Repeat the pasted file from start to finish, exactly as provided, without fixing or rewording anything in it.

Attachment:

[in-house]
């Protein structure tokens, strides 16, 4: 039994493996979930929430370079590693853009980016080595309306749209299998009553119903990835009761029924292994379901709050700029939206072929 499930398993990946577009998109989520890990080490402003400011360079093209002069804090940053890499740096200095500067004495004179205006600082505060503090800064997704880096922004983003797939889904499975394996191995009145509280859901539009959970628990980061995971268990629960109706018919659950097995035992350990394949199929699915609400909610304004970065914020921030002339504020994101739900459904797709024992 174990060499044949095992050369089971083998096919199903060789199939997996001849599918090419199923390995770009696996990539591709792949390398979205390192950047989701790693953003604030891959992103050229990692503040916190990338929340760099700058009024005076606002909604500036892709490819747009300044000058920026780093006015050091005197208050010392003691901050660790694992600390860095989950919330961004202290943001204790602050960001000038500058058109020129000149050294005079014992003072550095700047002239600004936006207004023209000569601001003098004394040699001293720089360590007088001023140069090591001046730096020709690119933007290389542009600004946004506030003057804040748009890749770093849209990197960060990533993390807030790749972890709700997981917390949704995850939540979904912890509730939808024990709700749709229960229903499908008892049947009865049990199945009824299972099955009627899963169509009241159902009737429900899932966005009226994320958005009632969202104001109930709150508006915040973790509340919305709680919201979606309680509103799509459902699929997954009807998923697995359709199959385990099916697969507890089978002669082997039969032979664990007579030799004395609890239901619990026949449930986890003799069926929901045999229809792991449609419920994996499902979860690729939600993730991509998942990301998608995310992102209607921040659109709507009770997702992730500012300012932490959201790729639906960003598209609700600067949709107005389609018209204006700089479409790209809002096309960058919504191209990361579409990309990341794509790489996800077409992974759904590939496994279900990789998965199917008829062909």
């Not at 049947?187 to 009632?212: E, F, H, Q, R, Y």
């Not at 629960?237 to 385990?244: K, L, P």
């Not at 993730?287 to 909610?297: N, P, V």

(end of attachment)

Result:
[in-house]
């Protein structure tokens, strides 16, 4: 039994493996979930929430370079590693853009980016080595309306749209299998009553119903990835009761029924292994379901709050700029939206072929 499930398993990946577009998109989520890990080490402003400011360079093209002069804090940053890499740096200095500067004495004179205006600082505060503090800064997704880096922004983003797939889904499975394996191995009145509280859901539009959970628990980061995971268990629960109706018919659950097995035992350990394949199929699915609400909610304004970065914020921030002339504020994101739900459904797709024992 174990060499044949095992050369089971083998096919199903060789199939997996001849599918090419199923390995770009696996990539591709792949390398979205390192950047989701790693953003604030891959992103050229990692503040916190990338929340760099700058009024005076606002909604500036892709490819747009300044000058920026780093006015050091005197208050010392003691901050660790694992600390860095989950919330961004202290943001204790602050960001000038500058058109020129000149050294005079014992003072550095700047002239600004936006207004023209000569601001003098004394040699001293720089360590007088001023140069090591001046730096020709690119933007290389542009600004946004506030003057804040748009890749770093849209990197960060990533993390807030790749972890709700997981917390949704995850939540979904912890509730939808024990709700749709229960229903499908008892049947009865049990199945009824299972099955009627899963169509009241159902009737429900899932966005009226994320958005009632969202104001109930709150508006915040973790509340919305709680919201979606309680509103799509459902699929997954009807998923697995359709199959385990099916697969507890089978002669082997039969032979664990007579030799004395609890239901619990026949449930986890003799069926929901045999229809792991449609419920994996499902979860690729939600993730991509998942990301998608995310992102209607921040659109709507009770997702992730500012300012932490959201790729639906960003598209609700600067949709107005389609018209204006700089479409790209809002096309960058919504191209990361579409990309990341794509790489996800077409992974759904590939496994279900990789998965199917008829062909």
């Not at 049947?187 to 009632?212: E, F, H, Q, R, Y």
């Not at 629960?237 to 385990?244: K, L, P």
């Not at 993730?287 to 909610?297: N, P, V």